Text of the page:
Rob Doyle: What Happened to Expecting Candor from Writers?
In Conversation with Brad Listi on Otherppl
Rob Doyle is the guest. His new book, Threshold, is available from Bloomsbury.
From the episode:
Brad Listi: This issue of honesty on the page, self-revelation, self-exposure. I’ve had the thought before, recently, that if any human being—you could pluck anybody off the street—if they were to sit down and write their true selves into a book and put it down on a page, there would be plenty in anybody to make a reader either recoil or feel uncomfortable or feel critical or feel a sense of connection. We all contain these multitudes. And I think that in the age of social media, we get to curate ourselves to such a fanatical degree that a lot of people have become masterly at cultivating online personas or a written persona or a digitally presented persona that is sort of like Teflon—all the rough edges are sanded away.
I could feel you moving in the other direction in this book. You’re sort of willfully exposing all of yourself. I guess I shouldn’t say that because there’s plenty withheld. But I just got the sense that you were making a strenuous effort to not hide and to stick your chin out and say, okay, this is me. And this might not be the sanitized version of a human being, and especially a white male human being, that people are pining for right now. But this is the real and I’m going to put it down, and whatever happens, happens. Can you talk about those creative decisions in the actual writing process? Was it difficult for you?
Rob Doyle: Yeah, it’s a good question, but I would say it comes quite naturally. And you see that there’s a certain amount of aggression in it, because this culture that you’ve talked about—this sanitized and self-sanitizing culture—I hate it. I do. I really hate it a lot of the time, and I just find it so dead and so lifeless. It’s not good enough. Like you, like I’m sure a lot of your listeners, I spent my whole life immersed in literature. And the great thing about literature is a writer will sit down and they’ll just go for it. They’ll give it to you all, and they’ll write for their lives. And so the bar is set pretty high.
And then when you’re in this culture that suddenly, over five years, has changed to where everybody is supposed to pretend that they’re this idealized version of themselves and that they’re unproblematic and they’re not flawed and they’re not completely fucked up—in lots of ways—and that they don’t contain multitudes, that they just contain a kind of timeline self or a tweetable self, it’s bullshit. But also, I think I have certain exhibitionistic qualities, which really came to the fore, more in this book even than my previous ones. And so there’s a kind of jouissance, to use a pretentious French word, in exposing that there’s an eroticism to say, yeah, I know as the white guy, as the straight, cis dude, you’re not supposed to talk about this stuff. But here’s the way it is. I have all of these desires and I have all of these fucking flaws. And just putting it down.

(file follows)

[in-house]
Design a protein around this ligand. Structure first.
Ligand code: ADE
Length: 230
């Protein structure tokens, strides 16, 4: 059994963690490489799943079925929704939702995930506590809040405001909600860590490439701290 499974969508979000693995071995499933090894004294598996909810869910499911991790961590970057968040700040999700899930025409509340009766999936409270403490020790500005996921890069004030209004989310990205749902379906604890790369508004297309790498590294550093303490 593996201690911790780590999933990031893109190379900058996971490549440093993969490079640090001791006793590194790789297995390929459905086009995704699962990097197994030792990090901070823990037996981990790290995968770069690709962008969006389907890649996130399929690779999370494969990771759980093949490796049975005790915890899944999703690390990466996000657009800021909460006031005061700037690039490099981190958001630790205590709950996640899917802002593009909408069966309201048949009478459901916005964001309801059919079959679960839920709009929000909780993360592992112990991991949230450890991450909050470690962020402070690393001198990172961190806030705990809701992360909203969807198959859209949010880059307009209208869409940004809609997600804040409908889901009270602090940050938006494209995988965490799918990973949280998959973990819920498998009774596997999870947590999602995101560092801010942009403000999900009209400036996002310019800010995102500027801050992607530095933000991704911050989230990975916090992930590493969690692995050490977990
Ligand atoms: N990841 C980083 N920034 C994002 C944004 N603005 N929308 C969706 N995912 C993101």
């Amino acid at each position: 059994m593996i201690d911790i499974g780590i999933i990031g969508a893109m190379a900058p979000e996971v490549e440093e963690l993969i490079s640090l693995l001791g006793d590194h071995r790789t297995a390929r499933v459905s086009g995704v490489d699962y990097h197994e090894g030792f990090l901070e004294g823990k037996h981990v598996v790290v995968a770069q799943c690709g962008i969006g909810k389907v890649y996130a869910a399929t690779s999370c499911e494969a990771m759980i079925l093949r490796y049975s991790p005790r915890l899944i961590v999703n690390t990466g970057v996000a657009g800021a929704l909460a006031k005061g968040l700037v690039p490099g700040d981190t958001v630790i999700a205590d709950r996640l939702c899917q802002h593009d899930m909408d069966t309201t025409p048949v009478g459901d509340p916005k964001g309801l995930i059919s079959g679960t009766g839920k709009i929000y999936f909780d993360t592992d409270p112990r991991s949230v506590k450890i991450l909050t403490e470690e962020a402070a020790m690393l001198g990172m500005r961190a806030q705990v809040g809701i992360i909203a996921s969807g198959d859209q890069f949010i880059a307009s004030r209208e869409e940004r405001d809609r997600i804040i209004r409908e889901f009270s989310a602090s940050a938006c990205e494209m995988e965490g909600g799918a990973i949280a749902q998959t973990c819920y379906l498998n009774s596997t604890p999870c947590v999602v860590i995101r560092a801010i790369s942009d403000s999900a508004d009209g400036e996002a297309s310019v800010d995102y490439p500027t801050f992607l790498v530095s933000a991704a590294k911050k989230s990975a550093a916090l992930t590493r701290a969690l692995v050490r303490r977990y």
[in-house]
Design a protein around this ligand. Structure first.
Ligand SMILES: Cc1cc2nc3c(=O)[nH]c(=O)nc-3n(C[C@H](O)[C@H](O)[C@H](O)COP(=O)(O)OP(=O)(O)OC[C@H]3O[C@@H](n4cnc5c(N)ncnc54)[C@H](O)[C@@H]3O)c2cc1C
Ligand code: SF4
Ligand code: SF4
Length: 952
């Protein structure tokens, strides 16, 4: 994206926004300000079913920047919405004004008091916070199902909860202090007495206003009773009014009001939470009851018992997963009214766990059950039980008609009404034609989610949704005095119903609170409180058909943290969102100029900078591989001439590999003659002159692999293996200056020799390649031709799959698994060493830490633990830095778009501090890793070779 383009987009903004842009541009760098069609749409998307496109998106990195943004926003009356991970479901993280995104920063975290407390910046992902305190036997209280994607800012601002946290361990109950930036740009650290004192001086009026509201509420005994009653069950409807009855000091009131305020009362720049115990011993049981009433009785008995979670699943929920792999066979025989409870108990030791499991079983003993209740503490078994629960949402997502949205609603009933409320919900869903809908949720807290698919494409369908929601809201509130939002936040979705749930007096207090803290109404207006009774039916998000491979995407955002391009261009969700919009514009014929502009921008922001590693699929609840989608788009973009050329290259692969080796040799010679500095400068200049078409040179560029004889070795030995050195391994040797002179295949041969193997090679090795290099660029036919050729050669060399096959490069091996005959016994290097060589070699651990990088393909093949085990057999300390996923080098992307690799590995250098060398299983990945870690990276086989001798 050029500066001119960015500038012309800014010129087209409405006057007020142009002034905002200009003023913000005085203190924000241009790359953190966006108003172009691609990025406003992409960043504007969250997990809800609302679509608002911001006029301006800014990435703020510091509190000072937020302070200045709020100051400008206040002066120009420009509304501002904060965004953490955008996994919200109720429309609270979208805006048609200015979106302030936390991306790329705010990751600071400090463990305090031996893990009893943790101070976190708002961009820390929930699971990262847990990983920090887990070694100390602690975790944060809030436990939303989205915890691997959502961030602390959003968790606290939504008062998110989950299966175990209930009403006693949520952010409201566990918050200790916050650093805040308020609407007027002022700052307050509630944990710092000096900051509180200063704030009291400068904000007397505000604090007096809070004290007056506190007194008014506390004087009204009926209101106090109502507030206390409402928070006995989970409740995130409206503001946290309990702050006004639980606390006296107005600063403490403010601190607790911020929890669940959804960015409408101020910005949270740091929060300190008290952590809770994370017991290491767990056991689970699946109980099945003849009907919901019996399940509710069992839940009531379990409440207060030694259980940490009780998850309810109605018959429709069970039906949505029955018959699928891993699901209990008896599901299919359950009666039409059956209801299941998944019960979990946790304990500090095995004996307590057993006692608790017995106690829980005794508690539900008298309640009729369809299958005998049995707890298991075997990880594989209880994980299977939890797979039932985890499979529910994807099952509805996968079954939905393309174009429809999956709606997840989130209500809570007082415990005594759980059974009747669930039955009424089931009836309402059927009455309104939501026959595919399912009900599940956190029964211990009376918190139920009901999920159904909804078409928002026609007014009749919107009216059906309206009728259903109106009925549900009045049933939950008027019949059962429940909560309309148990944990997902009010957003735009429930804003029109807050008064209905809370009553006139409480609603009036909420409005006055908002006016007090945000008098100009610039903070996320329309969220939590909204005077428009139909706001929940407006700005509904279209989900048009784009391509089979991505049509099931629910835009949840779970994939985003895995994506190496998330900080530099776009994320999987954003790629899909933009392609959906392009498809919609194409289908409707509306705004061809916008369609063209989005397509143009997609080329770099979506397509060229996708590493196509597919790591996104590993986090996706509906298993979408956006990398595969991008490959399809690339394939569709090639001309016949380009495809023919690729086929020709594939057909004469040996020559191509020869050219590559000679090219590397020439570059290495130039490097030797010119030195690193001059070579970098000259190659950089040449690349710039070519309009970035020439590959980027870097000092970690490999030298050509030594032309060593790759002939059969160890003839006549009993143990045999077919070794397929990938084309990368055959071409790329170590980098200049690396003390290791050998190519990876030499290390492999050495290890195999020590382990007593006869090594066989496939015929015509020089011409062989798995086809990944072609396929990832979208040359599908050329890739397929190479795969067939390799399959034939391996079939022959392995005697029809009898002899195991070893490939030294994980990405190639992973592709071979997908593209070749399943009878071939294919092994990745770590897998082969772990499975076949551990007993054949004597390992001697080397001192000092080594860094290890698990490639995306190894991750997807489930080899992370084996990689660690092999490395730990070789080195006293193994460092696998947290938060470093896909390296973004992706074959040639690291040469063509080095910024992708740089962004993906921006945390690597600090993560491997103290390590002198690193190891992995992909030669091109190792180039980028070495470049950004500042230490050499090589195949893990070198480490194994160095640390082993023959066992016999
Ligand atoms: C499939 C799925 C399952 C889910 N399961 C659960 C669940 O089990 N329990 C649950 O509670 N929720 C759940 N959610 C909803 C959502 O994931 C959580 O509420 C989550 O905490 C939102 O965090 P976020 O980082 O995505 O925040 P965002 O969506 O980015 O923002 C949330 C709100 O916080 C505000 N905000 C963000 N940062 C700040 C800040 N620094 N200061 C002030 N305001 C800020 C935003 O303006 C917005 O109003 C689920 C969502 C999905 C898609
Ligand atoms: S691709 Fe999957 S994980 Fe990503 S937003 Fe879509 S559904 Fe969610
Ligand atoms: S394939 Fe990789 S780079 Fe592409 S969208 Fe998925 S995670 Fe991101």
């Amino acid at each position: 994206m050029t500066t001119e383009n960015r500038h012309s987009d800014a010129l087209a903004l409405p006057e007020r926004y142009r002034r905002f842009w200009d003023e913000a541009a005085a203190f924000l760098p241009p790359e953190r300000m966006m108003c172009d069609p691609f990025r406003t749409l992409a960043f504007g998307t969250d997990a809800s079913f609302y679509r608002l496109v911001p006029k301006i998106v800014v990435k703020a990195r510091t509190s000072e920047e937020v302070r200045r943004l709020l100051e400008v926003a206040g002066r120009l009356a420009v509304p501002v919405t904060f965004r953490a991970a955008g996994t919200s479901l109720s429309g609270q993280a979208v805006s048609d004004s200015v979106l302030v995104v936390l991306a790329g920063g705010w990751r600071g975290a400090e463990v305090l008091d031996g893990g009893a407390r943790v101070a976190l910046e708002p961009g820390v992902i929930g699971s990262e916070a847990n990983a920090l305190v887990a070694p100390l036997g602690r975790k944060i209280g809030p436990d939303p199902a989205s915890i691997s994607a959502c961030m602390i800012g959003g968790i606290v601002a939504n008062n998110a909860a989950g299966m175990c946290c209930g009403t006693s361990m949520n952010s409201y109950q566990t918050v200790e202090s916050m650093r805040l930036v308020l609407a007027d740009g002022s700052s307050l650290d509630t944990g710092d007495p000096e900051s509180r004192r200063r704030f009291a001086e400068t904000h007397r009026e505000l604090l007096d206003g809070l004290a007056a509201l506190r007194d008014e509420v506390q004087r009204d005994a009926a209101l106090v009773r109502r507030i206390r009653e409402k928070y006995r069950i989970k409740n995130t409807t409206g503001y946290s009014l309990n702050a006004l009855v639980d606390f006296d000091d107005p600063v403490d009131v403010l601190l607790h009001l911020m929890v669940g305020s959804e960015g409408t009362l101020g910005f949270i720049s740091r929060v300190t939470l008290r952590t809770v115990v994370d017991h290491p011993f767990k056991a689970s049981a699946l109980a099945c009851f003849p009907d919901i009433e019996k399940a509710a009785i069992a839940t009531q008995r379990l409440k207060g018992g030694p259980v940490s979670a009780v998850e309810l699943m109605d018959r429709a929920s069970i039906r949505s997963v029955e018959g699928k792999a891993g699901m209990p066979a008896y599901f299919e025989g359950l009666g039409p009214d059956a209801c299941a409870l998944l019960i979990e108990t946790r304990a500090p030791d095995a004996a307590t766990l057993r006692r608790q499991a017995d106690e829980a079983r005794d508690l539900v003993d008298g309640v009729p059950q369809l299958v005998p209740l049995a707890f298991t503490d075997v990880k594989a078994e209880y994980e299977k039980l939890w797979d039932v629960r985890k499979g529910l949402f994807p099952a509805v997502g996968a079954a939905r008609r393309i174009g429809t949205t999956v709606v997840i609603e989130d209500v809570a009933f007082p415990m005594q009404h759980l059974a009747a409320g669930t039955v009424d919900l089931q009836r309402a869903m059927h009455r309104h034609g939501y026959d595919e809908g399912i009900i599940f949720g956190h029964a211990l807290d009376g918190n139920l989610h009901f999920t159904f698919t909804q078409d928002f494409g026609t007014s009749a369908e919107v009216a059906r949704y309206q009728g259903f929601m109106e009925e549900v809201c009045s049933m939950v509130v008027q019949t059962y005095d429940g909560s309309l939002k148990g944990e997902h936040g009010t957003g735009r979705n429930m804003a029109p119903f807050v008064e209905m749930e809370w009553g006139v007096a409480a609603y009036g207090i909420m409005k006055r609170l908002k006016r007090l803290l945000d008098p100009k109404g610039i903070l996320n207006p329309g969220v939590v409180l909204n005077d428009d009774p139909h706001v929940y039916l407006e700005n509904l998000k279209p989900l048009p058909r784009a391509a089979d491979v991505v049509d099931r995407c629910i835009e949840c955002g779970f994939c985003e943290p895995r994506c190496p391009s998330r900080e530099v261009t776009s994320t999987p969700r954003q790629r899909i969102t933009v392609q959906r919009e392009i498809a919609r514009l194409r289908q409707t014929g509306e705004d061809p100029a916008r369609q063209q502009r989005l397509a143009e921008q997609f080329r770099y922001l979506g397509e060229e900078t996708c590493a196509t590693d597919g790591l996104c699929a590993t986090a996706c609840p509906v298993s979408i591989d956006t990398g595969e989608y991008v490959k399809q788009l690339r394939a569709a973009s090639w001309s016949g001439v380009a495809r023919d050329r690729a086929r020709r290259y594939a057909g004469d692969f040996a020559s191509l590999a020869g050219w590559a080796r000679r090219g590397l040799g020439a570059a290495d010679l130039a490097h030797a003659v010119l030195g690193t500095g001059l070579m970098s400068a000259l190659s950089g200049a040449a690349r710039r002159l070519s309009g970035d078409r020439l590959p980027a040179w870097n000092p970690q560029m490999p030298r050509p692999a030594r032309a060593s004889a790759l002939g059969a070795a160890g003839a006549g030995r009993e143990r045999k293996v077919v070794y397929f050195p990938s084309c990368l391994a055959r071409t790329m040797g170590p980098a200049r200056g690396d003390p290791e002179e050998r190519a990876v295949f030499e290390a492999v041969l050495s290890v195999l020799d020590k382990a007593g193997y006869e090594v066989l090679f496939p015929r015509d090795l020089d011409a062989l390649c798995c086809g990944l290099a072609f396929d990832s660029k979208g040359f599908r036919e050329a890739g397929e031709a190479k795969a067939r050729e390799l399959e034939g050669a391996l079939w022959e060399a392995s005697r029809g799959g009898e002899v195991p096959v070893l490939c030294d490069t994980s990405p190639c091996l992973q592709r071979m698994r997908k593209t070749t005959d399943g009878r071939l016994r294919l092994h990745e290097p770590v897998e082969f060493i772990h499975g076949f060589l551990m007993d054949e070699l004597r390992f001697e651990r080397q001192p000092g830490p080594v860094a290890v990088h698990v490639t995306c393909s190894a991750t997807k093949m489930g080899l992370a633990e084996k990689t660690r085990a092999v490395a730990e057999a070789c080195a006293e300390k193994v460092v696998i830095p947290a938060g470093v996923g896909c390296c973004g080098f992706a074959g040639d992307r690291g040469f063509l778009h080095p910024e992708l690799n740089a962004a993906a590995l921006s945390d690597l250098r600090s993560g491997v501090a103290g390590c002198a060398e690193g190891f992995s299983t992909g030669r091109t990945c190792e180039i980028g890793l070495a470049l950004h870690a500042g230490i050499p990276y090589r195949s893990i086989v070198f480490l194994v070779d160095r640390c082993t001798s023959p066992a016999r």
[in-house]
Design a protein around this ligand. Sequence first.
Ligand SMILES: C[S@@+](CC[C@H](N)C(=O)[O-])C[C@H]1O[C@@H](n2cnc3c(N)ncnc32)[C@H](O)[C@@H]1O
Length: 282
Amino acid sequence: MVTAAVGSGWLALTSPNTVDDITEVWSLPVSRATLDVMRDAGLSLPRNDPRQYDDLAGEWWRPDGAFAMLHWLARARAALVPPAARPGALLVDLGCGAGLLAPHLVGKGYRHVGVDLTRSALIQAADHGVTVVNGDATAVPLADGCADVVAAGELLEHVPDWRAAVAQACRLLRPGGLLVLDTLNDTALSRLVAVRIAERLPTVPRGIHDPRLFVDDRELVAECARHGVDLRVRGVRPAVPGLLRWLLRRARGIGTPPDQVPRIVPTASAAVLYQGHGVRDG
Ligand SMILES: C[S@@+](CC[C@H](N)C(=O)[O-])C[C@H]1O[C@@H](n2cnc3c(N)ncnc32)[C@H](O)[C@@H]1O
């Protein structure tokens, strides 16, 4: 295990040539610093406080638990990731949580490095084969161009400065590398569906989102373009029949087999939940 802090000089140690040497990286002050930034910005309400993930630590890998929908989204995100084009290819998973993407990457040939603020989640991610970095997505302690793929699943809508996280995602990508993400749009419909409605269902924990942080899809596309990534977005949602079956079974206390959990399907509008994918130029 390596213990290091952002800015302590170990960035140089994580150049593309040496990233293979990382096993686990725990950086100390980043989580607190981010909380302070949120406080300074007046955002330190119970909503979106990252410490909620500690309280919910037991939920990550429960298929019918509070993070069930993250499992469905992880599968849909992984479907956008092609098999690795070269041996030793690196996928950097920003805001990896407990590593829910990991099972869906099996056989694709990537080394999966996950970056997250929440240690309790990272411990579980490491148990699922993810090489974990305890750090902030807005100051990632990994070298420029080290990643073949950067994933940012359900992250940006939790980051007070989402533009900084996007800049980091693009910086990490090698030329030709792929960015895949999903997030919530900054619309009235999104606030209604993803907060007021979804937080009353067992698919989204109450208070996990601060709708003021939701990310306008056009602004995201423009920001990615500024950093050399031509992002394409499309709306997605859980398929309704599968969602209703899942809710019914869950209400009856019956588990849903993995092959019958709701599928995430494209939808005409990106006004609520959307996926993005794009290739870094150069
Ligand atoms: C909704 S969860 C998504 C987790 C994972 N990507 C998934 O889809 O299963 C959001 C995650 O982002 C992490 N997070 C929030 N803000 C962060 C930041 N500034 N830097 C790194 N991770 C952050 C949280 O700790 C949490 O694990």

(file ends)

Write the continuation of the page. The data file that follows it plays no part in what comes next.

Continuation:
Again, a lot of people won’t like it. I read reviews and stuff, and then some of the more brutal reviews are the online reviews, an Amazon or a Goodreads review or something, and people really take the gloves off. There’s a lot of real revulsion there sometimes. Don’t get me wrong, I don’t think I’m any worse than anybody else or any better than anybody else. But I think we’re falling out of the habit of expecting candor from our writers. And so, when you go in that direction now, you can kind of elicit a certain amount of shock and abhorrence and so on. But the other side of it is what I talked about earlier, which is far more people seem to have said, oh, thank god, I can breathe a bit more freely when I read this because someone is just going for it.
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Rob Doyle was born in Dublin. He is the author of the story collection This Is the Ritual and the novel Here Are the Young Men. The latter was chosen as one of Hot Press magazine’s “20 Greatest Irish Novels 1916–2016” and has been adapted as a forthcoming film. Doyle is the editor of the anthologies The Other Irish Tradition (Dalkey Archive Press), and In This Skull Hotel Where I Never Sleep (Broken Dimanche Press). He has written for the Guardian, Vice, The Dublin Review, and many other publications, and he writes a weekly books column for The Irish Times. He lives in Berlin.